Ottumwa High School

OTTUMWA — The Ottumwa High School Science Club is one of the top 300 teams selected from across the country for the next round of the Samsung Solve for Tomorrow Contest.

The competition challenged students to develop a project that would better their school. The problem the students at OHS came up with is simple: The high school has one elevator in the main building, and it doesn’t work in the event of an emergency. How would students who depend on the elevator get to safety?

The solution is far from simple.

“Wheelchair ramps have to be 12 inches of length for every one inch of height,” ninth-grader Bladen Reinier explained. “Our hallways are not going to accommodate that. So we’re trying to come up with some type of material that would be incredibly high friction so they wouldn’t slide down them.”

The device the students imagined is a kind of mat that could be rolled down the stairs, turning them into an improvised ramp. The device would be composed of connected wedges that would fill in the individual steps.

“We spent an entire class period just sitting out there and using the Pythagorean Theorem to figure out the hypotenuse of each stair,” Reinier said. “Now we’re in the process of converting that to the hypotenuse of the entire staircase. Once we figure that out, we have to figure out the exact width and length, and how long each hypotenuse has to be for each wedge.”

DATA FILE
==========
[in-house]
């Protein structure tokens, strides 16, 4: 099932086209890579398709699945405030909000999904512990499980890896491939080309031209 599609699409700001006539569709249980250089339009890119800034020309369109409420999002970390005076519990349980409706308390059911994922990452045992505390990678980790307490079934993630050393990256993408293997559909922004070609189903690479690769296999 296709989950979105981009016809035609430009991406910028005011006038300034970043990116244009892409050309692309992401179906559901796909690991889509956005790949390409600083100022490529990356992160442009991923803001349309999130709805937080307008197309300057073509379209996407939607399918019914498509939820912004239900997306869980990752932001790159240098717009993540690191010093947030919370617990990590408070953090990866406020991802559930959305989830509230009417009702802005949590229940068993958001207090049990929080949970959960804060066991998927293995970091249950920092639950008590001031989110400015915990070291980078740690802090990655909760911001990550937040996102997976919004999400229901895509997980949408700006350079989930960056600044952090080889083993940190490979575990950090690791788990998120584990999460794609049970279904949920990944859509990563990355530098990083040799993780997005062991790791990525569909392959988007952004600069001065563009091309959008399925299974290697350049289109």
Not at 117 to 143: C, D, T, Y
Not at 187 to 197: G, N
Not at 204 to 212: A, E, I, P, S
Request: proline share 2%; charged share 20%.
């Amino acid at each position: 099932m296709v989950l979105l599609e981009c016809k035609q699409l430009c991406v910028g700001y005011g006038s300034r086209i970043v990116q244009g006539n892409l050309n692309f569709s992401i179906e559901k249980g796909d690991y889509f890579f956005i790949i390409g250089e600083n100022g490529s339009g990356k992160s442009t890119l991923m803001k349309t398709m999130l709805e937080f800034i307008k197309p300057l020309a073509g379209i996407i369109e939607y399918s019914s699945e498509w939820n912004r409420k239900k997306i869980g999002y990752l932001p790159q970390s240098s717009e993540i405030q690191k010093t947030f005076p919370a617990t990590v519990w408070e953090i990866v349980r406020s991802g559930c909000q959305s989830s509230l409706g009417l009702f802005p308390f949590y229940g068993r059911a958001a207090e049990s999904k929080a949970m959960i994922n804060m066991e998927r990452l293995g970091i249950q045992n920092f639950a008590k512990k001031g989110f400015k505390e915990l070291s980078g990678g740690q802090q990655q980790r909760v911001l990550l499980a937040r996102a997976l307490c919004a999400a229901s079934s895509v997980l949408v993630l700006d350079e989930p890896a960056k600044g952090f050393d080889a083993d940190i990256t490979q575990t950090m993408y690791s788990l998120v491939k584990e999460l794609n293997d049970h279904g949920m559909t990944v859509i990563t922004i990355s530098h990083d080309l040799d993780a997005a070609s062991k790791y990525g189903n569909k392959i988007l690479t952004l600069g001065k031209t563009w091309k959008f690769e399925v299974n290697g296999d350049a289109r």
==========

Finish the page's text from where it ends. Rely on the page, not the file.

It’s a multi-faceted project. The club is divided into three groups, each dedicated to handling a different aspect of the work. Reinier heads up the engineering and materials group, while other students are responsible for collecting survey responses from students who rely upon the elevator. A third section compiles and analyzes the data.

The project is largely student-organized. Club sponsor Heather Swanstrom, a teacher at OHS, said it was the students’ idea to enter the competition.

“At the beginning of the year, the club put out goals that they wanted to participate in different types of challenges and problem-solving things, and many of the students in the group had participated in Lego League or First City Challenge in the past,” Swanstrom said.

When she received a flyer about the competition in the mail, she immediately brought it to the students.

“We presented it to the students and they immediately thought there was something they could do to improve the school,” she said.

The competition originally began with 2,000 teams nationwide. After being named one of the top 300, alongside four other teams from Iowa, the club was awarded a free Samsung tablet. The award for being named one of the top 100 teams is $15,000 worth of Samsung products.

The club’s updated project is due Dec. 4, and the teams selected for the next round will be announced Dec. 23.

Jack Langland can be reached at


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